Indonesia's top security minister says foreigners may be behind the deadly bomb blast that tore through a crowded tourist area a few days ago. The comments came just before Australia's prime minister arrived in Bali to tour the area where more than 180 people died. Security minister Susilo Bambang Yudhoyono says authorities are not certain who carried out the devastating bombing in Bali. But he says it may have been the work of foreigners, possibly with the help of Indonesians. Mr. Yudhoyono also says the leader of an Indonesian militant group - Jemaah Islamiah - or JI, may face legal action, if authorities establish a link between it and the bombing.
The group's alleged leader, Indonesian cleric Abu Bakar Bashir, denies having terrorist links. The group has urged the creation of an Islamic state in much of Southeast Asia, and reportedly is affiliated with the al-Qaida terror network.
Mr. Yudhoyono made his comment in Bali where he went Thursday to meet officials and members of the international team investigating the explosions. At least 180 people died and more than 200 were hurt in the attack Saturday; most of the victims were foreign tourists.
Mr. Yudhoyono, however, says it is too early to release much information about the investigation. "Trust us that together with our friendly nations we are conducting thorough investigations as quickly as possible, using all systems we have."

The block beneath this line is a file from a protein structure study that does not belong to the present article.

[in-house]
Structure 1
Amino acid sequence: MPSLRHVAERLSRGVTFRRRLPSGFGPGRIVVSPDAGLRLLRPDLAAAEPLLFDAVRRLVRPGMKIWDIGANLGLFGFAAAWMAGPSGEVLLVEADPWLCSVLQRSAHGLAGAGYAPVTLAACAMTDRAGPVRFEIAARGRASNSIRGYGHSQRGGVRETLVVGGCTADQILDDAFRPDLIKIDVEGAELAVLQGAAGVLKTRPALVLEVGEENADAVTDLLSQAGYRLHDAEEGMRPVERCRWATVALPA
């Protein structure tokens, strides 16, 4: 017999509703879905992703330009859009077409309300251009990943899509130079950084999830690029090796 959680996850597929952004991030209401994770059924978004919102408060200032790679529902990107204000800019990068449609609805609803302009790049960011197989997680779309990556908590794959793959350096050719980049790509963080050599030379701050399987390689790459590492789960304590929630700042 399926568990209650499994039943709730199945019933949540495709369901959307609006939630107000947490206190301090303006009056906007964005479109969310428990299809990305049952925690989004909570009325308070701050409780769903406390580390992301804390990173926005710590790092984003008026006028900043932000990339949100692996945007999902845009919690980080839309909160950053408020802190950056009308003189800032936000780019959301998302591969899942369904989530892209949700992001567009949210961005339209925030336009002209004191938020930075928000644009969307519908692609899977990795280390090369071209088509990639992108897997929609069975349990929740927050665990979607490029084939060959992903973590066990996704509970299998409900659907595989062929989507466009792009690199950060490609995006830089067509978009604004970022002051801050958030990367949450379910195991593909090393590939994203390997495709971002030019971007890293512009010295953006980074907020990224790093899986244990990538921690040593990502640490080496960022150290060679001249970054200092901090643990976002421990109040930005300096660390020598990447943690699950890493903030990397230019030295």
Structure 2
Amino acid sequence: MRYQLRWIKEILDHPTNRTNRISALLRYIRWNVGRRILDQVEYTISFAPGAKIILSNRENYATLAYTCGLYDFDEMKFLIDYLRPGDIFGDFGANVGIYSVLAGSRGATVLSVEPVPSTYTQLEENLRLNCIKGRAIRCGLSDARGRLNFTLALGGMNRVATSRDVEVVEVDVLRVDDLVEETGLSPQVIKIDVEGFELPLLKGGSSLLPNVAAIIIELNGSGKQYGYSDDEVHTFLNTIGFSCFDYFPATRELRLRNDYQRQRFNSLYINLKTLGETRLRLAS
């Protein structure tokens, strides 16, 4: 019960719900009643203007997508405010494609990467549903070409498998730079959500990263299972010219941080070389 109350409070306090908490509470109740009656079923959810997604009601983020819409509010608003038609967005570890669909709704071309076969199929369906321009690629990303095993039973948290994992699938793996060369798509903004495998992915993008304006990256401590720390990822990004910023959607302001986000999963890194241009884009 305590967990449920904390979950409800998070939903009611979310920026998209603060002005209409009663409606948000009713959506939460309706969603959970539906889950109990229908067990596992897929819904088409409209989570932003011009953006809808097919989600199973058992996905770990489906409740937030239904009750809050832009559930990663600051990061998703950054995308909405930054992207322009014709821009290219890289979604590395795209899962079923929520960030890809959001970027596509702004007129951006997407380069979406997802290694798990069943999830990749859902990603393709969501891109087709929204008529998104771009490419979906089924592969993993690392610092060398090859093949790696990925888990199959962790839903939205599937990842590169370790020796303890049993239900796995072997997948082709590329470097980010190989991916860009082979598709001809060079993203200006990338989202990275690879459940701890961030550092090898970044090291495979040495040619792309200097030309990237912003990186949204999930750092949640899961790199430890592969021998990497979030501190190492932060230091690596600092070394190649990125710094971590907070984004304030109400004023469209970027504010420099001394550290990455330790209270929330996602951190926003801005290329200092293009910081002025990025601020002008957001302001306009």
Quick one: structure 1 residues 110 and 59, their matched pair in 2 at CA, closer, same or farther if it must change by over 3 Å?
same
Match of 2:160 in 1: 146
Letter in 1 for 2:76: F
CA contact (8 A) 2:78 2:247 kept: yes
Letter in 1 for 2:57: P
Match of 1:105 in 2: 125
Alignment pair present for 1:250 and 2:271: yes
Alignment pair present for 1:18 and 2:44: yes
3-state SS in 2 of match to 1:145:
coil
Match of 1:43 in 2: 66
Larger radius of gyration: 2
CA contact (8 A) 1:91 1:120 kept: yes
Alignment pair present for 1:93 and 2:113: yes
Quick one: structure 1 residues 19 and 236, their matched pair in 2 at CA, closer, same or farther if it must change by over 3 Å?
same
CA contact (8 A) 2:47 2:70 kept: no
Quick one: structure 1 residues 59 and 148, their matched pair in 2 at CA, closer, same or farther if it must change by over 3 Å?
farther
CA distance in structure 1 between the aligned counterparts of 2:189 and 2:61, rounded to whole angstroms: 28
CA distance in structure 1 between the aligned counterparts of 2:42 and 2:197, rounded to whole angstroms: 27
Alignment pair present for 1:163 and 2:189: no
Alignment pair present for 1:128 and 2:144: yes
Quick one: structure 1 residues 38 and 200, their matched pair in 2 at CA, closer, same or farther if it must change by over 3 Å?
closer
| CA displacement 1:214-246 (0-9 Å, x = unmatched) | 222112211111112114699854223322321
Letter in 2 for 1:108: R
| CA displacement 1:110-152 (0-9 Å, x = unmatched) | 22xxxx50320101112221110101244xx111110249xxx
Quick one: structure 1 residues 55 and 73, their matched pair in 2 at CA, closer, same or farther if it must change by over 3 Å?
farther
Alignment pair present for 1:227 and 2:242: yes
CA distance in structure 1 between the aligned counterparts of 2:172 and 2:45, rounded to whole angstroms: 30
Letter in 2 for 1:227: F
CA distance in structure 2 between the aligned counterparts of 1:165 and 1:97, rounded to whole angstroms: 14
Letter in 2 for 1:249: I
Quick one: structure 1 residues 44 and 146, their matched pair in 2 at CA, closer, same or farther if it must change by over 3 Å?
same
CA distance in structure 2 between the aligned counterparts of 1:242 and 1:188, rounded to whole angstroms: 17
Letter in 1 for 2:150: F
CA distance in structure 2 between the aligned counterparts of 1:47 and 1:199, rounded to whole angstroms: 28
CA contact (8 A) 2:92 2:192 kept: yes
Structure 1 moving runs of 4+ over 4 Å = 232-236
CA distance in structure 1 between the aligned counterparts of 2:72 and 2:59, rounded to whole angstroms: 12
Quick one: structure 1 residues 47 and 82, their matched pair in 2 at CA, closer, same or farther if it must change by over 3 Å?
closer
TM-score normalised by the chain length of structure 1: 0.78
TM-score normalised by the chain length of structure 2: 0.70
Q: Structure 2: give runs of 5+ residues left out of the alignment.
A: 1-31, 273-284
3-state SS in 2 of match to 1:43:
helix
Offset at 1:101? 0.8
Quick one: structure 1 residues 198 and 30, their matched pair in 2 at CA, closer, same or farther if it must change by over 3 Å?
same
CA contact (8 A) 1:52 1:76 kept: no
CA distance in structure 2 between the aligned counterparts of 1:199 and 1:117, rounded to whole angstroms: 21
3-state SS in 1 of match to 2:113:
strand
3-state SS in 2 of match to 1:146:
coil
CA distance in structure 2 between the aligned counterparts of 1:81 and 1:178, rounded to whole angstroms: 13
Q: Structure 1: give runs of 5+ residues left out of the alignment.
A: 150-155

Also Thursday, Indonesian newspapers report the bombing was carried out by a group of seven to eight people, led by someone from the Middle East. The reports, which refer to unnamed intelligence sources, differ as to whether the group was made up entirely of foreigners or if Indonesians were involved. Police in Bali said Wednesday that they expected to officially name two Indonesians as suspects in the attacks. They provided no other details. Australian Prime Minister John Howard and other leading Australian politicians are visiting Bali Thursday afternoon. Mr. Howard is expected to attend a sunset memorial service near the bombing site. Australians appear to make up the largest number of the dead and injured.
In addition to attending the service, Mr. Howard will assess the situation in Bali. Earlier this week, the Australian foreign minister and other officials visited the area.